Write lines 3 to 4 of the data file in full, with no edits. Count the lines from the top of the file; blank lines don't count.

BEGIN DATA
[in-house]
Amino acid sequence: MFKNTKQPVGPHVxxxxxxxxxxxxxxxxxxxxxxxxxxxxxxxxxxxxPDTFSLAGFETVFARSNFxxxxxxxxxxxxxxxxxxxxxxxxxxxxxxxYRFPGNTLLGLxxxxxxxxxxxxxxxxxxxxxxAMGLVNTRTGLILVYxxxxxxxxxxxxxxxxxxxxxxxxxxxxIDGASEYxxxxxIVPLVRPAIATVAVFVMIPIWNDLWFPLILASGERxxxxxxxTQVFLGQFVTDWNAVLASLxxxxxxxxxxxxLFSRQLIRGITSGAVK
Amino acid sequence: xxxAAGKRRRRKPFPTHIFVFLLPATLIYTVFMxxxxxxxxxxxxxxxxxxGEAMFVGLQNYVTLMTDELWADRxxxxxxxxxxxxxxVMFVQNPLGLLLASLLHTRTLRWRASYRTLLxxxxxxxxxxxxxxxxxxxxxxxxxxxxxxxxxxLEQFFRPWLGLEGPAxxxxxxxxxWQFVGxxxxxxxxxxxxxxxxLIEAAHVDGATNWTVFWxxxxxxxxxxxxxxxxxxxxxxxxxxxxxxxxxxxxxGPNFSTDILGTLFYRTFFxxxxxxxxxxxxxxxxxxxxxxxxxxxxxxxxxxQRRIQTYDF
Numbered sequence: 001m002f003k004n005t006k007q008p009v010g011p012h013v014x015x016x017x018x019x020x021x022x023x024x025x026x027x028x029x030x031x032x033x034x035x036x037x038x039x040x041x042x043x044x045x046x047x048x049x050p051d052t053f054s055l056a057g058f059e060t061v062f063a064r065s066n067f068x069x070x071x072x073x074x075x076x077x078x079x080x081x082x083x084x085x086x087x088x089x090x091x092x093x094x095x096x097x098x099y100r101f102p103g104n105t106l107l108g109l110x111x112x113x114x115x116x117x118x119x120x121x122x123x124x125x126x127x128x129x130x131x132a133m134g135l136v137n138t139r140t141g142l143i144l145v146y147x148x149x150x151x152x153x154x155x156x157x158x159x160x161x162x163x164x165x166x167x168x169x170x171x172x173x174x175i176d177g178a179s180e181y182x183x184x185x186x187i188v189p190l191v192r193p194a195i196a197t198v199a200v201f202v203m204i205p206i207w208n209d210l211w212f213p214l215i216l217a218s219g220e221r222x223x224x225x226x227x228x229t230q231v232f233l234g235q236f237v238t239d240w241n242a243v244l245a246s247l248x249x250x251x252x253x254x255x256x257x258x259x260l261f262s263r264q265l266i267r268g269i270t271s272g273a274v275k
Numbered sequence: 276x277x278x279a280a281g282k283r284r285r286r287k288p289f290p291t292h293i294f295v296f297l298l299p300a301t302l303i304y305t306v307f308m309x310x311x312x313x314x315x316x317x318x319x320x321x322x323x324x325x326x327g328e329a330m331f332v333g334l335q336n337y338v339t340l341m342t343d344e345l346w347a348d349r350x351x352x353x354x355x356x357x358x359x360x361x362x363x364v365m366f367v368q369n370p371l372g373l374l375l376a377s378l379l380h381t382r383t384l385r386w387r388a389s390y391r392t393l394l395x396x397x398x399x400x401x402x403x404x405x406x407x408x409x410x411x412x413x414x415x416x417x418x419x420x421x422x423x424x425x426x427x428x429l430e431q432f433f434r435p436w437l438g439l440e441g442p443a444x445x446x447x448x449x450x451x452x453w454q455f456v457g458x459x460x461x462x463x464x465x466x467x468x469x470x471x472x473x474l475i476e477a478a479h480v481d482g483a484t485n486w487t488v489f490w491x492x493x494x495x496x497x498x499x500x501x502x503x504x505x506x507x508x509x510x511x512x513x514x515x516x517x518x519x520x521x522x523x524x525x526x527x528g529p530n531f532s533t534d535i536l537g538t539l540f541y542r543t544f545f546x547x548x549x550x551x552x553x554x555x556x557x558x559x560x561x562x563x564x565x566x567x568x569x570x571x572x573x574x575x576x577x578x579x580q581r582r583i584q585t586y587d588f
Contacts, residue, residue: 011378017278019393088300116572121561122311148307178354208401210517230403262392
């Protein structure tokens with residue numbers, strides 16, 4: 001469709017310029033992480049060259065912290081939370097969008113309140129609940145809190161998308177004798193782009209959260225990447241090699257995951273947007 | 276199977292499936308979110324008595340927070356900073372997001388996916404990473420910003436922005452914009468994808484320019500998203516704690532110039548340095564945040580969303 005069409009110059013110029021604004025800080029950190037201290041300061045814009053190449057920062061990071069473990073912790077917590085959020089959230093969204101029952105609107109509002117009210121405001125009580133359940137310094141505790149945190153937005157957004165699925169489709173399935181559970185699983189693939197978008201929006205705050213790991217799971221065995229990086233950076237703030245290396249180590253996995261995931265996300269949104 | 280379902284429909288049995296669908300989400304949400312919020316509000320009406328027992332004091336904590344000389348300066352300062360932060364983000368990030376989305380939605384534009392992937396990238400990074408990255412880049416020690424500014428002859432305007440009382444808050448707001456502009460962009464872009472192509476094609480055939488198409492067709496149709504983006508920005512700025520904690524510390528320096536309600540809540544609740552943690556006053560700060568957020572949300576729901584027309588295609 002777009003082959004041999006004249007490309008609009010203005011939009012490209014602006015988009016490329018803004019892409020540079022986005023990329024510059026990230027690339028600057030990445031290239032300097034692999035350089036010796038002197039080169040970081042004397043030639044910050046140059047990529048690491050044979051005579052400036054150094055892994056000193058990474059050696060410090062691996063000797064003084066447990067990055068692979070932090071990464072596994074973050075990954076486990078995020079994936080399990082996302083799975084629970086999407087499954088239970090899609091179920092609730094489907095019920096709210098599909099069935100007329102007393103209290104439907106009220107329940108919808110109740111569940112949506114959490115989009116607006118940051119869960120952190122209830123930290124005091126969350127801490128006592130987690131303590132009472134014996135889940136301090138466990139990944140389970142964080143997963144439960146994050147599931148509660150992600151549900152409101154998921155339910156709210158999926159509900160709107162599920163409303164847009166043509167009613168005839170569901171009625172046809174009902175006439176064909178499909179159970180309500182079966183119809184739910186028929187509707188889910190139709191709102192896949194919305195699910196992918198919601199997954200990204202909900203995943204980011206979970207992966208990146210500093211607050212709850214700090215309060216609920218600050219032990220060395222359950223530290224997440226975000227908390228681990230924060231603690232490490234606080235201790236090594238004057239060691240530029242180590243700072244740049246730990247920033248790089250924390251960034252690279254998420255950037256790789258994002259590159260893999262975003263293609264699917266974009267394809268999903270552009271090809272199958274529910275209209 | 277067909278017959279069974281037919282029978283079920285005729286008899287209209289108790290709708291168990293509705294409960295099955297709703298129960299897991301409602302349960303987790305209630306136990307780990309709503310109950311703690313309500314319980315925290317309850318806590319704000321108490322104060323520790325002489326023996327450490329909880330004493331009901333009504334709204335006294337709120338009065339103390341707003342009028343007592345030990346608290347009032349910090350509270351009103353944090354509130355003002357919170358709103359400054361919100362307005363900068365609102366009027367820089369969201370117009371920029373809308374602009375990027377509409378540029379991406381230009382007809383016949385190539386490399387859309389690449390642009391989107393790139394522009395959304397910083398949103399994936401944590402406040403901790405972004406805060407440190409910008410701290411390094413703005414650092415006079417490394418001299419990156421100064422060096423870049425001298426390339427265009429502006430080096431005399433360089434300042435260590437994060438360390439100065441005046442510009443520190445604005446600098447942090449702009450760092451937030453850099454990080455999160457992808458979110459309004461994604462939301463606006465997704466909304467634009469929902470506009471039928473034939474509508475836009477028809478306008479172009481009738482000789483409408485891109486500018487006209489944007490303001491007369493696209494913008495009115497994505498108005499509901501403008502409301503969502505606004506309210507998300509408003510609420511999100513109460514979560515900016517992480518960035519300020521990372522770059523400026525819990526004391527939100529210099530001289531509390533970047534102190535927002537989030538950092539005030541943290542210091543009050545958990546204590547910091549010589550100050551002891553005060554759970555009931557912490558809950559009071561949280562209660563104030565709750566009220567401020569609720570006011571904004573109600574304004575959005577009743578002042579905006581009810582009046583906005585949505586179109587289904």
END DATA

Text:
Amino acid sequence: xxxAAGKRRRRKPFPTHIFVFLLPATLIYTVFMxxxxxxxxxxxxxxxxxxGEAMFVGLQNYVTLMTDELWADRxxxxxxxxxxxxxxVMFVQNPLGLLLASLLHTRTLRWRASYRTLLxxxxxxxxxxxxxxxxxxxxxxxxxxxxxxxxxxLEQFFRPWLGLEGPAxxxxxxxxxWQFVGxxxxxxxxxxxxxxxxLIEAAHVDGATNWTVFWxxxxxxxxxxxxxxxxxxxxxxxxxxxxxxxxxxxxxGPNFSTDILGTLFYRTFFxxxxxxxxxxxxxxxxxxxxxxxxxxxxxxxxxxQRRIQTYDF
Numbered sequence: 001m002f003k004n005t006k007q008p009v010g011p012h013v014x015x016x017x018x019x020x021x022x023x024x025x026x027x028x029x030x031x032x033x034x035x036x037x038x039x040x041x042x043x044x045x046x047x048x049x050p051d052t053f054s055l056a057g058f059e060t061v062f063a064r065s066n067f068x069x070x071x072x073x074x075x076x077x078x079x080x081x082x083x084x085x086x087x088x089x090x091x092x093x094x095x096x097x098x099y100r101f102p103g104n105t106l107l108g109l110x111x112x113x114x115x116x117x118x119x120x121x122x123x124x125x126x127x128x129x130x131x132a133m134g135l136v137n138t139r140t141g142l143i144l145v146y147x148x149x150x151x152x153x154x155x156x157x158x159x160x161x162x163x164x165x166x167x168x169x170x171x172x173x174x175i176d177g178a179s180e181y182x183x184x185x186x187i188v189p190l191v192r193p194a195i196a197t198v199a200v201f202v203m204i205p206i207w208n209d210l211w212f213p214l215i216l217a218s219g220e221r222x223x224x225x226x227x228x229t230q231v232f233l234g235q236f237v238t239d240w241n242a243v244l245a246s247l248x249x250x251x252x253x254x255x256x257x258x259x260l261f262s263r264q265l266i267r268g269i270t271s272g273a274v275k